Furthermore, in response to DOJ's statement of undisputed material facts, Broaddrick admits that the two FBI documents that contain Broaddrick's name "do not bear any indicia of dissemination" and, in fact, "were not disseminated outside the FBI because FBI policy requires the entry of such indicia if a document is disseminated." Def.'s Statement ¶ 5, ¶ 6; Pl.'s Response ¶ 5 ("[n]ot disputed"), ¶ 6 ("[n]ot disputed"). Because these facts are "not disputed," the court accepts them as true for purposes of this motion. The fact that Broaddrick concedes that the two documents containing her name were not disseminated further supports DOJ's claim that it is entitled to summary judgment.

Still, Broaddrick argues — in her pleadings — that summary judgment should not be granted because there is a question of material fact as to "what documents [Lanny] Davis was referring to when he stated on `Hannity & Colmes' that Plaintiff had denied to the FBI that the President made `unwanted sexual advances' towards her." Pl.'s Opp'n at 3-4. First, as the court indicated above, a party opposing summary judgment may not "rest upon mere allegation or denials of [her] pleadings." Laningham v. United States Navy, 813 F.2d 1236, 1241 (D.C.Cir. 1987). Broaddrick seeks to do just that with this argument. Second, even if this court were inclined to entertain this argument, the court notes that Broaddrick's own transcript from the "Hannity & Colmes" television show, submitted as Exhibit 2 to her opposition motion, indicates that Davis says he was referring to information "in the Starr Report." Pl.'s Opp'n Mot. at Ex. 2, p. 7. Broaddrick's conjecture that Davis might have been referring instead to DOJ's "secret files" on Broaddrick is too speculative to warrant discovery, especially given that DOJ's properly supported affidavits indicate that no such files exist.*fn13 More importantly, Broaddrick's conclusory assertions-offered without any factual basis for support — do not satisfy her burden to set forth "affirmative evidence" showing a genuine issue for trial. Laningham v. United States Navy, 813 F.2d 1236, 1241 (D.C.Cir. 1987). For it is "well settled that conclusory allegations unsupported by factual data will not create a triable issue of fact." Exxon Corp. v. F.T.C., 663 F.2d 120, 126-27 (D.C.Cir. 1980) (citation omitted).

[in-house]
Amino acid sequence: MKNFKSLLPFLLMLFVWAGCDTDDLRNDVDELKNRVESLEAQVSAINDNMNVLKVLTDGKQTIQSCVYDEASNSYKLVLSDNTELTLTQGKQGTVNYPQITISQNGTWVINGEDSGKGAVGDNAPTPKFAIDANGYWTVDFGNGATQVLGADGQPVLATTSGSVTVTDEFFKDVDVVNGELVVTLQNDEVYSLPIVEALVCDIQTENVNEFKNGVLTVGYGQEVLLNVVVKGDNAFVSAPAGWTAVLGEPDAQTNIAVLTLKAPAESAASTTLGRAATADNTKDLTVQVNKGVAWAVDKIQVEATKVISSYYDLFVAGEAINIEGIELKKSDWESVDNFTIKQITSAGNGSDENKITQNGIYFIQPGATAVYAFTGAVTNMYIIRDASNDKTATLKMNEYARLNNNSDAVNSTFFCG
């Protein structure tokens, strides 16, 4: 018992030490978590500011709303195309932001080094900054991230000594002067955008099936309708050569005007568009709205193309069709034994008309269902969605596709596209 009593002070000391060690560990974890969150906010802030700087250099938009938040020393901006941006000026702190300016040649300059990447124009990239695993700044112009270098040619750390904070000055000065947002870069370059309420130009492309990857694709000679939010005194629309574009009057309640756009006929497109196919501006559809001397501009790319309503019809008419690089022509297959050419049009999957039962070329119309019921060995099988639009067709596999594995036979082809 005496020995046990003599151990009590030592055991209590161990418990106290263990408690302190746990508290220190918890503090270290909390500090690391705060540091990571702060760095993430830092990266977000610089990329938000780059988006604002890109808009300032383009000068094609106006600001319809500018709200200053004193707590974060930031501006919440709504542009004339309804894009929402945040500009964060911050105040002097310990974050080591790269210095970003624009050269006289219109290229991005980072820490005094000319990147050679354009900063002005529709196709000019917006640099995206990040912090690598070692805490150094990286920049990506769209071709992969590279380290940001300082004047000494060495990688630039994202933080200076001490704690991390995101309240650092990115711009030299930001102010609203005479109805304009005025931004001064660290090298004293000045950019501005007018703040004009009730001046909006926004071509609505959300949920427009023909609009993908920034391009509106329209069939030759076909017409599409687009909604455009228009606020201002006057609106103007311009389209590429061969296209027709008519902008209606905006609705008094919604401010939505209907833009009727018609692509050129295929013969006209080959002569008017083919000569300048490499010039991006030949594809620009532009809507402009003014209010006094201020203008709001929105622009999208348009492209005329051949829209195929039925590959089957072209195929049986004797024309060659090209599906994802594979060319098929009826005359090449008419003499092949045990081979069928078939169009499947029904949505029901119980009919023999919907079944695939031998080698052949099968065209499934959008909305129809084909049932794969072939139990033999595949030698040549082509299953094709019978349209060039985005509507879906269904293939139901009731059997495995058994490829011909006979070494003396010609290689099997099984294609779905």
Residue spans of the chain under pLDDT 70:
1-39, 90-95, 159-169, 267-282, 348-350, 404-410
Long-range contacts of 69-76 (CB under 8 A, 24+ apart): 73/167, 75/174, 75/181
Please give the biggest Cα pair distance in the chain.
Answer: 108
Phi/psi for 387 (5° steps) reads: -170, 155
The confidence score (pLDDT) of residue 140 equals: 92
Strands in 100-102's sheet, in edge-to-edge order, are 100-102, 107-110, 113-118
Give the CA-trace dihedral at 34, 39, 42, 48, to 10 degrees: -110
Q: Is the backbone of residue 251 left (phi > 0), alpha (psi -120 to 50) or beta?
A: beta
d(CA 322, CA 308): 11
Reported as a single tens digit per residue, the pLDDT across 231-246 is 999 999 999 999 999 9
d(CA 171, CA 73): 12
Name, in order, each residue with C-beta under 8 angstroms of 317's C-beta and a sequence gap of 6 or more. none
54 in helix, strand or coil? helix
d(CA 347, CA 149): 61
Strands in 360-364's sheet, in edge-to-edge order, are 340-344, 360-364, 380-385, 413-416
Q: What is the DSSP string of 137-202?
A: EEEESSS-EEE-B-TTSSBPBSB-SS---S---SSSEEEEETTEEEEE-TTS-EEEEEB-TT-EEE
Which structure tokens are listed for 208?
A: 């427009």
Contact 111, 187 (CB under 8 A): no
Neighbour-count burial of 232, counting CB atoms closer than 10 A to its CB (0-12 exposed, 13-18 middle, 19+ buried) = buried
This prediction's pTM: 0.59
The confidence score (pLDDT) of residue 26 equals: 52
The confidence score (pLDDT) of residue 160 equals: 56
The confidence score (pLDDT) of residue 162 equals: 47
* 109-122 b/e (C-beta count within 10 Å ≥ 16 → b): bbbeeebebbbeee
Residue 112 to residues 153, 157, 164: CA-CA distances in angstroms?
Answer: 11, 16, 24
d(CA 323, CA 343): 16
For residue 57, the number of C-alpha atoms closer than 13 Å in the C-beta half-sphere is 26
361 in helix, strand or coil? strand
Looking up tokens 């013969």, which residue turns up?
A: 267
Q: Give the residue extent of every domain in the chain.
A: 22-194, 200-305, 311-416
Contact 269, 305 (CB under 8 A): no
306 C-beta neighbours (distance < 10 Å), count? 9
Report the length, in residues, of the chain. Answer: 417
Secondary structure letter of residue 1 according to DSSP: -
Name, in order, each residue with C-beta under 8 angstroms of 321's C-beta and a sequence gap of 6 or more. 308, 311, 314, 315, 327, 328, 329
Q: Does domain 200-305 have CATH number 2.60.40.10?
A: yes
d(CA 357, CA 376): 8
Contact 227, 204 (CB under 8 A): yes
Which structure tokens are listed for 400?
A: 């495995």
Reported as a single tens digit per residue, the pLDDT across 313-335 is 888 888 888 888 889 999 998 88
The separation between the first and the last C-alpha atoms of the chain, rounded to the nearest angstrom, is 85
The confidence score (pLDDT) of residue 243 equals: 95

The United States Court of Appeals for the Fifth Circuit may have stated it best:

Where a plaintiff fails to produce any specific facts whatsoever to support a conspiracy allegation, a district court may, in its discretion, refuse to permit discovery and grant summary judgment. Something more than a fanciful allegation is required to justify denying a motion for summary judgment when the moving party has met its burden of demonstrating the absence of any genuine issue of material fact. A "bare assertion" that the evidence supporting a plaintiffs allegation is in the hands of the defendant is insufficient to justify a denial of a motion for summary judgment under Rule 56(f). . . . Rule 56(f) cannot be relied upon to defeat a summary judgment motion "where the result of a continuance to obtain further information would be wholly speculative."

Paul Kadair, Inc. v. Sony Corp. of America, 694 F.2d 1017, 1030 (5th Cir. 1983) (internal quotations omitted).

In sum, Broaddrick has presented no factual support for her conspiracy allegations that the "Clinton Gore DOJ" maintained and disseminated confidential files on her in order "to smear and destroy her reputation." Pl.'s Opp'n at 3; Compl. ¶ 15. Broaddrick has also failed to fulfill her summary judgment burden to rebut DOJ's properly-supported evidence that the FBI did not maintain any subject files on Broaddrick and did not disseminate any documents that contain Broaddrick's name. See Def.'s Statement ¶¶ 3-6. Given the wholly speculative nature of Broaddrick's allegations, as compared to DOJ's properly-supported evidence, the court holds that DOJ is entitled to judgment as a matter of law.

III. CONCLUSION

For the foregoing reasons, the court grants the EOP's motion to dismiss, denies Broaddrick's cross motion for partial summary judgment, grants DOJ's motion to dismiss the denial of access claim, and grants DOJ's amended motion for summary judgment on all remaining claims. An appropriate order accompanies this memorandum opinion.